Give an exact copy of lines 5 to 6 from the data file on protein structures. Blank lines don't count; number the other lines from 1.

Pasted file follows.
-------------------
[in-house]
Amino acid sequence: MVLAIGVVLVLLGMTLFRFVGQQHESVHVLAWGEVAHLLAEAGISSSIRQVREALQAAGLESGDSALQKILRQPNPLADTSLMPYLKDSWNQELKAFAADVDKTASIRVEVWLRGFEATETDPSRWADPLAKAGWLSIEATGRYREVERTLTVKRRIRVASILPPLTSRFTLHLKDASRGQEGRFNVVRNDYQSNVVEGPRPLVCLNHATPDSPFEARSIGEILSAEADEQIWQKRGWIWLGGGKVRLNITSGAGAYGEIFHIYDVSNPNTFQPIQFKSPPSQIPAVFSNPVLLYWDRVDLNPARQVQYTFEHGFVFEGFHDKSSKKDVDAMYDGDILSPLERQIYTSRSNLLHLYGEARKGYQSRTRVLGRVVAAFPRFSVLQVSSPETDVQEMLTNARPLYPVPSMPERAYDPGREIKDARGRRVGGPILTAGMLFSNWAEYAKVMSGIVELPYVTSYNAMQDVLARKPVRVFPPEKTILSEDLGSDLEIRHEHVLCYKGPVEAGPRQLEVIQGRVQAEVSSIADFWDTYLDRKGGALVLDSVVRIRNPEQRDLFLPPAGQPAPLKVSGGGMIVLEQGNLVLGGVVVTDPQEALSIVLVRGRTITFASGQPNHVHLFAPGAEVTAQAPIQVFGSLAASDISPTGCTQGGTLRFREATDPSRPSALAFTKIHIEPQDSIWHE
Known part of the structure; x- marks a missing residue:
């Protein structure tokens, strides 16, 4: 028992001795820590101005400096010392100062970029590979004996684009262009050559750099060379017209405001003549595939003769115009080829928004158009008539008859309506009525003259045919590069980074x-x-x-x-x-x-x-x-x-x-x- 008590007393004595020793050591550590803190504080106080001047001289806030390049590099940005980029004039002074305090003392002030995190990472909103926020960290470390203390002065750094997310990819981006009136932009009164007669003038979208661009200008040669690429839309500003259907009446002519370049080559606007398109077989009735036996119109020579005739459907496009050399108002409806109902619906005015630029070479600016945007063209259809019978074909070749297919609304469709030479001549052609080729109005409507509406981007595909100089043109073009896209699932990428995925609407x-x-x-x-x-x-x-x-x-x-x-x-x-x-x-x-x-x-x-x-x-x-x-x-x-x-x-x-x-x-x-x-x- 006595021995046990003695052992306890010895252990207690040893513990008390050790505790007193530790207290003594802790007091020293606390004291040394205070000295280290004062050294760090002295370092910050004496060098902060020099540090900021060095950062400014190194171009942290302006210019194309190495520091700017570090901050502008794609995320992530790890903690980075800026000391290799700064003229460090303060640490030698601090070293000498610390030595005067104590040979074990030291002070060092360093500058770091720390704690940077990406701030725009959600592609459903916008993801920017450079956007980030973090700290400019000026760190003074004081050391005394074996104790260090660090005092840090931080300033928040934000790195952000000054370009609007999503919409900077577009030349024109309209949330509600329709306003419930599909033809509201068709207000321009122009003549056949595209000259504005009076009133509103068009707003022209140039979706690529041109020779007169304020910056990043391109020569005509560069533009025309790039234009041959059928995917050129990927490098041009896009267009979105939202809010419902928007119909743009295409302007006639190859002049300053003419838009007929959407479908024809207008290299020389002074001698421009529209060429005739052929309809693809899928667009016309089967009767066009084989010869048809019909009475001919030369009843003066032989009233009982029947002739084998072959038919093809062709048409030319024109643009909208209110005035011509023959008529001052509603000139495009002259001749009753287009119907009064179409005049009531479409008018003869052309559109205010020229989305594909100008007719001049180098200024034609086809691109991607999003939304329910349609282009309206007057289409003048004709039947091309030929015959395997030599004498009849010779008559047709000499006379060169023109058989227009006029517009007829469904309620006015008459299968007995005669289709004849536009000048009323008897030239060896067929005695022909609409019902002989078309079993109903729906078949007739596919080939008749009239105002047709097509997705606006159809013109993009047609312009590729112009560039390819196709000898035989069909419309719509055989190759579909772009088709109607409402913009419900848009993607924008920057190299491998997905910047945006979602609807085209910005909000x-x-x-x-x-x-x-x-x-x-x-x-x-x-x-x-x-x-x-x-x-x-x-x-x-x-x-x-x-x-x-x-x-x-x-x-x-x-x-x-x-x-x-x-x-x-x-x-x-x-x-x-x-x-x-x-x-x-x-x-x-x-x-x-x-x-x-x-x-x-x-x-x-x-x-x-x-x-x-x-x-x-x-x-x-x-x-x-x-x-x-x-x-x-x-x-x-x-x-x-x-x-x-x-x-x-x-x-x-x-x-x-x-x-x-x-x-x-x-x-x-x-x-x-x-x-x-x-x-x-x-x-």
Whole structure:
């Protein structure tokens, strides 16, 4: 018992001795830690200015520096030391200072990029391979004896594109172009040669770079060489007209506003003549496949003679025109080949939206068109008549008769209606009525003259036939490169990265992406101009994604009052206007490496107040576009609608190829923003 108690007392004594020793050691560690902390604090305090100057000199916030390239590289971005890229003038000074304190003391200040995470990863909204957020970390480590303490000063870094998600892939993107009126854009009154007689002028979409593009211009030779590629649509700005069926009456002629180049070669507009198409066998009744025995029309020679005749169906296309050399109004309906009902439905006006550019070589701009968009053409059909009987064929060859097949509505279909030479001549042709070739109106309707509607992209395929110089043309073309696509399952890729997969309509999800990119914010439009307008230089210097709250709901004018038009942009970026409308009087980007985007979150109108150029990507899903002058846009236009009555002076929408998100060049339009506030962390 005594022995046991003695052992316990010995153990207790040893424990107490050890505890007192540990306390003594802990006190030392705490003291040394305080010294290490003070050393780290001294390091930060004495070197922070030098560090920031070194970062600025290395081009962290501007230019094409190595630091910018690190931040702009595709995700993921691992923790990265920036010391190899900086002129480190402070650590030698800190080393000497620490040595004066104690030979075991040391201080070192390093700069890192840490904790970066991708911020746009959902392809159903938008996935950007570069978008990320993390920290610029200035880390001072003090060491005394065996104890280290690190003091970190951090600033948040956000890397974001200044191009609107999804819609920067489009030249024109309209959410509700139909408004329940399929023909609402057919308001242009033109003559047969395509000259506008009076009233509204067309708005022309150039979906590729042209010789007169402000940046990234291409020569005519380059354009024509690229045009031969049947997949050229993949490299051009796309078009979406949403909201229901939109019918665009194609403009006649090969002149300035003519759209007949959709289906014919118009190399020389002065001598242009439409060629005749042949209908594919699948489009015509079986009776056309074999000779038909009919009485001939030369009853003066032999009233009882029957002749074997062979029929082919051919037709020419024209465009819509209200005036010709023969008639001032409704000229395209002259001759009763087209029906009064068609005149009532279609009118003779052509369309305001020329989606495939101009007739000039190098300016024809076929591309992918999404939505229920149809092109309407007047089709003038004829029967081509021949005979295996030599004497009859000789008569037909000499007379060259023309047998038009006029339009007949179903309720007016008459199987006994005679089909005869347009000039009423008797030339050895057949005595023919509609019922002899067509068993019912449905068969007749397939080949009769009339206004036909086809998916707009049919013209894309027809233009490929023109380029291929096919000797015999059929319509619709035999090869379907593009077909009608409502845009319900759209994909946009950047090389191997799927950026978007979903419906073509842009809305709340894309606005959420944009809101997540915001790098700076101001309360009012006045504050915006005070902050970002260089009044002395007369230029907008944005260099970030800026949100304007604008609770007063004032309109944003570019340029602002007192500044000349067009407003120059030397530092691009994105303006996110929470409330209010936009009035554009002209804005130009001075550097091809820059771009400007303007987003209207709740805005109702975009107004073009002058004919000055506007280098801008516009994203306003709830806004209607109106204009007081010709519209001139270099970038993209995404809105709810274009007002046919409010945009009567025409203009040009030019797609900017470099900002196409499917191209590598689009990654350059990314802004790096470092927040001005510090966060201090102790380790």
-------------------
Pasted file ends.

Whole structure:
């Protein structure tokens, strides 16, 4: 018992001795830690200015520096030391200072990029391979004896594109172009040669770079060489007209506003003549496949003679025109080949939206068109008549008769209606009525003259036939490169990265992406101009994604009052206007490496107040576009609608190829923003 108690007392004594020793050691560690902390604090305090100057000199916030390239590289971005890229003038000074304190003391200040995470990863909204957020970390480590303490000063870094998600892939993107009126854009009154007689002028979409593009211009030779590629649509700005069926009456002629180049070669507009198409066998009744025995029309020679005749169906296309050399109004309906009902439905006006550019070589701009968009053409059909009987064929060859097949509505279909030479001549042709070739109106309707509607992209395929110089043309073309696509399952890729997969309509999800990119914010439009307008230089210097709250709901004018038009942009970026409308009087980007985007979150109108150029990507899903002058846009236009009555002076929408998100060049339009506030962390 005594022995046991003695052992316990010995153990207790040893424990107490050890505890007192540990306390003594802990006190030392705490003291040394305080010294290490003070050393780290001294390091930060004495070197922070030098560090920031070194970062600025290395081009962290501007230019094409190595630091910018690190931040702009595709995700993921691992923790990265920036010391190899900086002129480190402070650590030698800190080393000497620490040595004066104690030979075991040391201080070192390093700069890192840490904790970066991708911020746009959902392809159903938008996935950007570069978008990320993390920290610029200035880390001072003090060491005394065996104890280290690190003091970190951090600033948040956000890397974001200044191009609107999804819609920067489009030249024109309209959410509700139909408004329940399929023909609402057919308001242009033109003559047969395509000259506008009076009233509204067309708005022309150039979906590729042209010789007169402000940046990234291409020569005519380059354009024509690229045009031969049947997949050229993949490299051009796309078009979406949403909201229901939109019918665009194609403009006649090969002149300035003519759209007949959709289906014919118009190399020389002065001598242009439409060629005749042949209908594919699948489009015509079986009776056309074999000779038909009919009485001939030369009853003066032999009233009882029957002749074997062979029929082919051919037709020419024209465009819509209200005036010709023969008639001032409704000229395209002259001759009763087209029906009064068609005149009532279609009118003779052509369309305001020329989606495939101009007739000039190098300016024809076929591309992918999404939505229920149809092109309407007047089709003038004829029967081509021949005979295996030599004497009859000789008569037909000499007379060259023309047998038009006029339009007949179903309720007016008459199987006994005679089909005869347009000039009423008797030339050895057949005595023919509609019922002899067509068993019912449905068969007749397939080949009769009339206004036909086809998916707009049919013209894309027809233009490929023109380029291929096919000797015999059929319509619709035999090869379907593009077909009608409502845009319900759209994909946009950047090389191997799927950026978007979903419906073509842009809305709340894309606005959420944009809101997540915001790098700076101001309360009012006045504050915006005070902050970002260089009044002395007369230029907008944005260099970030800026949100304007604008609770007063004032309109944003570019340029602002007192500044000349067009407003120059030397530092691009994105303006996110929470409330209010936009009035554009002209804005130009001075550097091809820059771009400007303007987003209207709740805005109702975009107004073009002058004919000055506007280098801008516009994203306003709830806004209607109106204009007081010709519209001139270099970038993209995404809105709810274009007002046919409010945009009567025409203009040009030019797609900017470099900002196409499917191209590598689009990654350059990314802004790096470092927040001005510090966060201090102790380790």